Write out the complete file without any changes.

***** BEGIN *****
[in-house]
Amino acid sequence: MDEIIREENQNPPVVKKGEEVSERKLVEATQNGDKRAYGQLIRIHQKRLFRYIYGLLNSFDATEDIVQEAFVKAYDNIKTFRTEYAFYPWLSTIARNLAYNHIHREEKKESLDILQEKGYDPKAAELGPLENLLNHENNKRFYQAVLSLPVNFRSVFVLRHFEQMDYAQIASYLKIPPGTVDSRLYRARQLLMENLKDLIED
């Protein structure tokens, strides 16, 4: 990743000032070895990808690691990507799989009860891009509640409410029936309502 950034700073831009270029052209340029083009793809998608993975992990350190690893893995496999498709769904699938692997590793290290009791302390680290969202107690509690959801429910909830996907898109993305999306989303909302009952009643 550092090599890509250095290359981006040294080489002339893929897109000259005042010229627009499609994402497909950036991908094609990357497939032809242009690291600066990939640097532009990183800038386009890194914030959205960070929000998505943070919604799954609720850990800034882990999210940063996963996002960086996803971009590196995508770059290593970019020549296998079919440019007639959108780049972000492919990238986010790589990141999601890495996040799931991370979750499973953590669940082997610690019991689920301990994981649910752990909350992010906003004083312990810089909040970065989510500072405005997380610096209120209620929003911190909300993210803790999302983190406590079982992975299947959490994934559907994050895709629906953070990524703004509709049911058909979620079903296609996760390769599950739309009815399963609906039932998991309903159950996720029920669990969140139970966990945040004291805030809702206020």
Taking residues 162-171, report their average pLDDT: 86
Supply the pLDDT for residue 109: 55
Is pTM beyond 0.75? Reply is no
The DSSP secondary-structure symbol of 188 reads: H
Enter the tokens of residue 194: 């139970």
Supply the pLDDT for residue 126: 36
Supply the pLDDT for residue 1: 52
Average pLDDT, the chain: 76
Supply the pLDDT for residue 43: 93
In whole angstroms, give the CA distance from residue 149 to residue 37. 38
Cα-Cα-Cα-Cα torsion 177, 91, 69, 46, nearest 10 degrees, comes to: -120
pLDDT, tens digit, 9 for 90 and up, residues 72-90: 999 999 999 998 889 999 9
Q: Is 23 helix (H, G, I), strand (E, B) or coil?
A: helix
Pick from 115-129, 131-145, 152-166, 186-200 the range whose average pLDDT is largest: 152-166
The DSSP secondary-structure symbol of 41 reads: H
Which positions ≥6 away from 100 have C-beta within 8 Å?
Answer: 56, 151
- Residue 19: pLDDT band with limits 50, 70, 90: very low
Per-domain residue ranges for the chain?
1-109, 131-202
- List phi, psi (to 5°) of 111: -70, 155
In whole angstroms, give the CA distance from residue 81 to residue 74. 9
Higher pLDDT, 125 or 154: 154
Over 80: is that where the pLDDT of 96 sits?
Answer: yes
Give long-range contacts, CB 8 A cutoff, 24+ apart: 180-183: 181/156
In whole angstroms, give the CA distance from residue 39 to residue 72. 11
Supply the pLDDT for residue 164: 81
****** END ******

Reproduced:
[in-house]
Amino acid sequence: MDEIIREENQNPPVVKKGEEVSERKLVEATQNGDKRAYGQLIRIHQKRLFRYIYGLLNSFDATEDIVQEAFVKAYDNIKTFRTEYAFYPWLSTIARNLAYNHIHREEKKESLDILQEKGYDPKAAELGPLENLLNHENNKRFYQAVLSLPVNFRSVFVLRHFEQMDYAQIASYLKIPPGTVDSRLYRARQLLMENLKDLIED
């Protein structure tokens, strides 16, 4: 990743000032070895990808690691990507799989009860891009509640409410029936309502 950034700073831009270029052209340029083009793809998608993975992990350190690893893995496999498709769904699938692997590793290290009791302390680290969202107690509690959801429910909830996907898109993305999306989303909302009952009643 550092090599890509250095290359981006040294080489002339893929897109000259005042010229627009499609994402497909950036991908094609990357497939032809242009690291600066990939640097532009990183800038386009890194914030959205960070929000998505943070919604799954609720850990800034882990999210940063996963996002960086996803971009590196995508770059290593970019020549296998079919440019007639959108780049972000492919990238986010790589990141999601890495996040799931991370979750499973953590669940082997610690019991689920301990994981649910752990909350992010906003004083312990810089909040970065989510500072405005997380610096209120209620929003911190909300993210803790999302983190406590079982992975299947959490994934559907994050895709629906953070990524703004509709049911058909979620079903296609996760390769599950739309009815399963609906039932998991309903159950996720029920669990969140139970966990945040004291805030809702206020």
Taking residues 162-171, report their average pLDDT: 86
Supply the pLDDT for residue 109: 55
Is pTM beyond 0.75? Reply is no
The DSSP secondary-structure symbol of 188 reads: H
Enter the tokens of residue 194: 């139970």
Supply the pLDDT for residue 126: 36
Supply the pLDDT for residue 1: 52
Average pLDDT, the chain: 76
Supply the pLDDT for residue 43: 93
In whole angstroms, give the CA distance from residue 149 to residue 37. 38
Cα-Cα-Cα-Cα torsion 177, 91, 69, 46, nearest 10 degrees, comes to: -120
pLDDT, tens digit, 9 for 90 and up, residues 72-90: 999 999 999 998 889 999 9
Q: Is 23 helix (H, G, I), strand (E, B) or coil?
A: helix
Pick from 115-129, 131-145, 152-166, 186-200 the range whose average pLDDT is largest: 152-166
The DSSP secondary-structure symbol of 41 reads: H
Which positions ≥6 away from 100 have C-beta within 8 Å?
Answer: 56, 151
- Residue 19: pLDDT band with limits 50, 70, 90: very low
Per-domain residue ranges for the chain?
1-109, 131-202
- List phi, psi (to 5°) of 111: -70, 155
In whole angstroms, give the CA distance from residue 81 to residue 74. 9
Higher pLDDT, 125 or 154: 154
Over 80: is that where the pLDDT of 96 sits?
Answer: yes
Give long-range contacts, CB 8 A cutoff, 24+ apart: 180-183: 181/156
In whole angstroms, give the CA distance from residue 39 to residue 72. 11
Supply the pLDDT for residue 164: 81